By: Niala Mohammad Khalil
“Jaanan” is a 2016 Pakistani romantic comedy film which revolves around a Pashtun family from Swat.
The film was directed by Azfar Jafri, written by Osman Khalid Butt, and co-produced by Hareem Farooq, Reham Khan, Munir Hussain and Imran Raza Kazmi. The film stars Armeena Khan, Bilal Ashraf, and Ali Rehman Khan in lead roles. It also stars seasoned Pashtun cinema actors such as Ajab Gul and Nausaaba.
The movie shattered several negative stereotypes associated with Pashtuns and was perhaps the first movie in Pakistani cinema that depicts Pashtuns in a positive and progressive light. The movie shows Pashtuns as educated, non-violent, modern, and classy. This is a refreshing change considering Pashtuns have continuously been depicted as uneducated, aggressive, and backwards in Lollywood.
Although the movie is light-hearted, the script-writer touched upon heavy social issues such as education, and child sexual abuse. The female characters in the storyline are showed as strong and independent not oppressed.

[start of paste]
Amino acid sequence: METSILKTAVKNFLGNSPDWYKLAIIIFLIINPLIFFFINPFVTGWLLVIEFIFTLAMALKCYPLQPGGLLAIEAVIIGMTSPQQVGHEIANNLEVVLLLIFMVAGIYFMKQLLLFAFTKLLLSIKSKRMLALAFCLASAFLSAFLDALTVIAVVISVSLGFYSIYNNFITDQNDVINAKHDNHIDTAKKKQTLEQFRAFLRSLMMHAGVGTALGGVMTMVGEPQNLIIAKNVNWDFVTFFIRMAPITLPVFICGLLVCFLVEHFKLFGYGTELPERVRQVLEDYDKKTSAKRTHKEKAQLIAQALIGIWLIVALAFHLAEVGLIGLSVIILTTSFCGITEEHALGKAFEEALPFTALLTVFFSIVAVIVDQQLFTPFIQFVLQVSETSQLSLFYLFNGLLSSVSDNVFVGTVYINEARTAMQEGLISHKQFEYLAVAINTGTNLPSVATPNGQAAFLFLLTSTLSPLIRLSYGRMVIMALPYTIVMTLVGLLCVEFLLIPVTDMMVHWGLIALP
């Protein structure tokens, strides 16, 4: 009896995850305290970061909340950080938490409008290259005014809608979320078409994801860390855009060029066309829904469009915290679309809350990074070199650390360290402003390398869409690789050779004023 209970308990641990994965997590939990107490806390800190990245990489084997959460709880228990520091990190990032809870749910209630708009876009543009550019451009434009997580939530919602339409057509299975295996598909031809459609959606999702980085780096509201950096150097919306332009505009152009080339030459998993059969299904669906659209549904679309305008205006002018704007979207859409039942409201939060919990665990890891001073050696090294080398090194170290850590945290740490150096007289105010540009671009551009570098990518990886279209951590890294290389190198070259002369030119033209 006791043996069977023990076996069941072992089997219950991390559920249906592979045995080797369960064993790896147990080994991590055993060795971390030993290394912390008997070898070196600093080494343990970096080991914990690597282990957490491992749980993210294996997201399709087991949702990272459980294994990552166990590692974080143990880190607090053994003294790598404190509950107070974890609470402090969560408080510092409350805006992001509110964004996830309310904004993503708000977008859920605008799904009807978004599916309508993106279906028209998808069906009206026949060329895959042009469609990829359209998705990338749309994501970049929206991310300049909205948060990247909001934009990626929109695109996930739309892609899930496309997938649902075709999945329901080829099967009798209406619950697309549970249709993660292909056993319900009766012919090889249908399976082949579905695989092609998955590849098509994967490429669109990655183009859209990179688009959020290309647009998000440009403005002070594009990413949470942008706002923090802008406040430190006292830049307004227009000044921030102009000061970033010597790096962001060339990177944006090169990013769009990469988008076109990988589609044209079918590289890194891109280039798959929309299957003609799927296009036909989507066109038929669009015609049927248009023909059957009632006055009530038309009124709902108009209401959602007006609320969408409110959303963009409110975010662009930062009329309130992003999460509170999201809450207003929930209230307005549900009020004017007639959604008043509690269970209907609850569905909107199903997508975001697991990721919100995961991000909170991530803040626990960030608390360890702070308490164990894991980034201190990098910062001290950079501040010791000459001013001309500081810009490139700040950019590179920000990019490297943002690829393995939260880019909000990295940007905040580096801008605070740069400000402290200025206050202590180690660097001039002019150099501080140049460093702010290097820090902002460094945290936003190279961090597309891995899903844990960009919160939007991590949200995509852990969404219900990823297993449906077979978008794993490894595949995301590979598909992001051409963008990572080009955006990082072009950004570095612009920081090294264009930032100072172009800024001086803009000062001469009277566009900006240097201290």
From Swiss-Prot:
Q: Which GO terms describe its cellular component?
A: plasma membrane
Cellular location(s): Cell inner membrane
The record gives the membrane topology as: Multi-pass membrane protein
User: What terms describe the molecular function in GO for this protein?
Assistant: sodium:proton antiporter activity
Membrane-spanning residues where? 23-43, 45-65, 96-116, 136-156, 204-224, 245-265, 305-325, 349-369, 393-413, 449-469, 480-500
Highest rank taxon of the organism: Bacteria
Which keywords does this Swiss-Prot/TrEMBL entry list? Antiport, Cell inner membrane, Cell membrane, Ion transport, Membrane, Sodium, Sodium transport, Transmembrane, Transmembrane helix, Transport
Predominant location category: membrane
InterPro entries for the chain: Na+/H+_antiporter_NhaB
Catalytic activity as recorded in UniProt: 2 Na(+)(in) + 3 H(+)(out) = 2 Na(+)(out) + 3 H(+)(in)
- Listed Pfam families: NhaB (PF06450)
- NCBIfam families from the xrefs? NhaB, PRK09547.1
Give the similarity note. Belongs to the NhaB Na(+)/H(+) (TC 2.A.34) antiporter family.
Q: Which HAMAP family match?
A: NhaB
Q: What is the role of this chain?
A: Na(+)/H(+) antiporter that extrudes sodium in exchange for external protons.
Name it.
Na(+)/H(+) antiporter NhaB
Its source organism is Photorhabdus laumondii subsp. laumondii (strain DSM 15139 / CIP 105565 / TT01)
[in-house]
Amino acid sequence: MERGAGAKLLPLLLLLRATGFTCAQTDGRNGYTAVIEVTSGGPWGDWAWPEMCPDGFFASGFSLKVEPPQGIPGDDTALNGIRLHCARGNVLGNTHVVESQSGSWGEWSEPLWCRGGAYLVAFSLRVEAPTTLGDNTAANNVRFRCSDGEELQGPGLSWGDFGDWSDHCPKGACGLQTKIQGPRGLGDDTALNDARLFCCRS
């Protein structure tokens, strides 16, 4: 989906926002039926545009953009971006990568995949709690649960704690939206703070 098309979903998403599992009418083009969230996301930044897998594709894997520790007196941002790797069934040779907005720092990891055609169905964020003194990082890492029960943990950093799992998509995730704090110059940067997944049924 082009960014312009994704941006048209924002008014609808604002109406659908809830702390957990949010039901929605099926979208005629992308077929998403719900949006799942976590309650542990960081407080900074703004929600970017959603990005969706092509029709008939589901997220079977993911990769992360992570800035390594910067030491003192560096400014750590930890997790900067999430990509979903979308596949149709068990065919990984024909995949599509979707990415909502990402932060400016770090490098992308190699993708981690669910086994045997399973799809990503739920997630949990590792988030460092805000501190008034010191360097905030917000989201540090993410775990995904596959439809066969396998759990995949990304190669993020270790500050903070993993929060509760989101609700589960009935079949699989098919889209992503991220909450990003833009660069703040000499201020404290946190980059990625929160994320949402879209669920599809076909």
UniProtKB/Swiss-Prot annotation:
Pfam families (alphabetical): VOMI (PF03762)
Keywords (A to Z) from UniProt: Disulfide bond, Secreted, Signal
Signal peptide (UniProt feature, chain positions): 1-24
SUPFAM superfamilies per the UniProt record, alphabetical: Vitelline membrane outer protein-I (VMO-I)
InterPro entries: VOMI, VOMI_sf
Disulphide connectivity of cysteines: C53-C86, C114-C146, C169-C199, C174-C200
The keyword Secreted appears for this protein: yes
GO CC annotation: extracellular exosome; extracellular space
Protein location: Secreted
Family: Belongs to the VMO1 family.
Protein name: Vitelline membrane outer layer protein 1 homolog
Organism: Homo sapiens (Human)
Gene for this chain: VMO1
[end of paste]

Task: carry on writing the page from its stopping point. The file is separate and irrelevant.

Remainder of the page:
Critics of Reham Khan and the film claim that the movie “doesn’t paint an accurate picture of Swat” and have referred to the movie as a “waste”. However others consider it “a must see film”. Rozina Khan, an audience member, told VOA Deewa, “Jaanan, finally shows Pashtuns in a proper manner. I brought my daughter with me to show her the softer side of Pashtun culture.”
The visuals and aesthetics were beautiful and the costume design was impeccable. Another audience member Esha said, “I want to go to Swat after seeing this movie.”
Although the main characters were not fluent in Pashto they tried their very best to incorporate Pashto words in their dialogue. You have to appreciate the use of the extensive Pashto language, the comedy and the incorporation of Ghani Khan’s poetry used in the song “Reidi Gul”.
Ali Rehman Khan, undoubtedly takes the cake for his role in “Jaanan”. But for Pashtuns, the highlight of the movie was Naushaaba, who plays the “grandmother” of the Khan family. Her comedic disdain for her granddaughter’s Punjabi fiancé is an epic twist on the usual dig against Pashtuns.